A major reason behind the system freeze problem is hardware misconfiguration. It may have appeared because of misconfigured hardware element that we installed recently to our system. Hardware element recently installed may be incompatible with the system. We need to delete that hardware and inspect whether the system is smoothly running. After that, search for the most correct replacement for the deleted hardware mechanism.
Excess Heating Up
In case the temperature of our system processor is greater than normal, our system may freeze. The symptoms from which we can find the higher temperature of our processor are high squealing and odd noise on startup. We can examine the system when we turn it on and carefully listen to the sound produced by the fan. We can also enter the CMOS setup, monitor the RPM, and ensure that no bug message is addressed by the BIOS.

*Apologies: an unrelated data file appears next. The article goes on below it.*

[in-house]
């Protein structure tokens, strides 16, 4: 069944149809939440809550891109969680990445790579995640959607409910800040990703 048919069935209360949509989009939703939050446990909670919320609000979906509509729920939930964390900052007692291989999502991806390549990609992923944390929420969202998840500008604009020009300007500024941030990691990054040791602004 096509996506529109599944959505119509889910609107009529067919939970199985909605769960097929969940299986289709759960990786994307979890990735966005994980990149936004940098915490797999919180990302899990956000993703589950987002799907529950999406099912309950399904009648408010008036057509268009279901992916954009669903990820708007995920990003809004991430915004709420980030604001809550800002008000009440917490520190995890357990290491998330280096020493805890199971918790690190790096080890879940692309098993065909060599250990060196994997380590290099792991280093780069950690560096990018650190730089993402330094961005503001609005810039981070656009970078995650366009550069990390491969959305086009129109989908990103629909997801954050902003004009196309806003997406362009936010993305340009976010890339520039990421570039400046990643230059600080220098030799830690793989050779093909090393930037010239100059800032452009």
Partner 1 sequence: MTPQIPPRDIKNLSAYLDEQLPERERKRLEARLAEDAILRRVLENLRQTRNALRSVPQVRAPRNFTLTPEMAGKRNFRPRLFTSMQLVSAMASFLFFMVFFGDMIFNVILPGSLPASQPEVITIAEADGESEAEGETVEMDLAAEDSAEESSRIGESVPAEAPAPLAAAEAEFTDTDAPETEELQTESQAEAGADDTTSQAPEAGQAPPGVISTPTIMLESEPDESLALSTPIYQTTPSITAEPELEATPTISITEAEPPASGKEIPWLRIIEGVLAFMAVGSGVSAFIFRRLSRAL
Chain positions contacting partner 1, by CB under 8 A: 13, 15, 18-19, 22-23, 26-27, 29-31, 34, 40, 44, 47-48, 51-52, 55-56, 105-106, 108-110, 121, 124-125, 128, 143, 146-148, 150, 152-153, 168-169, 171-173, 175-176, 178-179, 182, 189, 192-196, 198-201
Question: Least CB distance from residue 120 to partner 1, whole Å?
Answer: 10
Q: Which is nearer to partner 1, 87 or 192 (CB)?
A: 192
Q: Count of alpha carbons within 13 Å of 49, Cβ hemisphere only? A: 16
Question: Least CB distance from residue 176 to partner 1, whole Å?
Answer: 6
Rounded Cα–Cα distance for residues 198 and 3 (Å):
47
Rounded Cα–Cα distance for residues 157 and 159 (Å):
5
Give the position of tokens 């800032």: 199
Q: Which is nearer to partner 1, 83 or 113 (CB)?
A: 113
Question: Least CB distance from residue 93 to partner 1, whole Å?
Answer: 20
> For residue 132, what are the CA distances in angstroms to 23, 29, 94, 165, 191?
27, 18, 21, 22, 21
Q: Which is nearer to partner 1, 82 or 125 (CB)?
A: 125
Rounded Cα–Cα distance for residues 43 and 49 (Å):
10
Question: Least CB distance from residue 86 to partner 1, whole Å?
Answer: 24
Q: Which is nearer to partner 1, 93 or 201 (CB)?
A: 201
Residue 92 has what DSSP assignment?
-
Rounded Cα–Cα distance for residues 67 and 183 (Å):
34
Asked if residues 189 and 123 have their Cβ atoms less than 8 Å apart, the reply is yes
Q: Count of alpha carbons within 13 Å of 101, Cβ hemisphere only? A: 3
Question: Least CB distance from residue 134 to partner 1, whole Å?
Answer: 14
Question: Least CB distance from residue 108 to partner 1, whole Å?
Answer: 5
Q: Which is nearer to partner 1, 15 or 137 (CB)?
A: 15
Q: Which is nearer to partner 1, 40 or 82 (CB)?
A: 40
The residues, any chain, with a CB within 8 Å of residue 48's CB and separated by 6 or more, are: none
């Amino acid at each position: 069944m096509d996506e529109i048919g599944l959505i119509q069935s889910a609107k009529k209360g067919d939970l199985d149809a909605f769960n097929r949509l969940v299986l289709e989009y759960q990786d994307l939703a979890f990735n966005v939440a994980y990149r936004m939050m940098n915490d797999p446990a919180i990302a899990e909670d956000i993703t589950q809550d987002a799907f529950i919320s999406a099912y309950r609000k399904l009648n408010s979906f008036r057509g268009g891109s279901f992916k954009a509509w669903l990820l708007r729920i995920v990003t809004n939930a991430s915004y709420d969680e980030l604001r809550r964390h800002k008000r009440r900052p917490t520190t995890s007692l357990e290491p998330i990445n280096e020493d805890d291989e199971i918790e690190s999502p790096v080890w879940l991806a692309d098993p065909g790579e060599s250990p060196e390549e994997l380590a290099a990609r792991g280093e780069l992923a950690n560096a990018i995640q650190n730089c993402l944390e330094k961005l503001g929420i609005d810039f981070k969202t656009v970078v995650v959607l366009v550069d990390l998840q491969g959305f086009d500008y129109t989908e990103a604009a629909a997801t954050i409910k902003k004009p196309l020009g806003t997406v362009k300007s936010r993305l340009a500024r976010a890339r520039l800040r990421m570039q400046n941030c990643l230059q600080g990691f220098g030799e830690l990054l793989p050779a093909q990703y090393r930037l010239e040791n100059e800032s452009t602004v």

The reason can be insufficient RAM when the system freezes at regular time intervals. It's essential to have appropriate RAM for keeping the system smoothly running. There could sometimes be 3D games and applications installed on the system that makes it heavy and hence causes device hang problems.
It's quite possible that the power supply, CPU, or motherboard may not be appropriately working. In such cases, reinstalling Windows operating system or upgrading RAM may help sort out the problem.
In many cases, changing BIOS settings can give serious problems and may freeze the system. Overlocking RAM or system processors causes instability issues. If it is the case that is freezing the system, we can reset the settings of BIOS to default. It can be done by deleting CMOS and bringing it back after many minutes. We need to always ensure that the firmware of BIOS is updated timely for preventing such problems.
External devices or faulty USBs connected to the computer can cause a random or frequent restart. Devices such as gaming consoles, USB cameras, keyboards, or mouse externally connected to the system can be the real cause of problems like shutdown pursued by a freeze.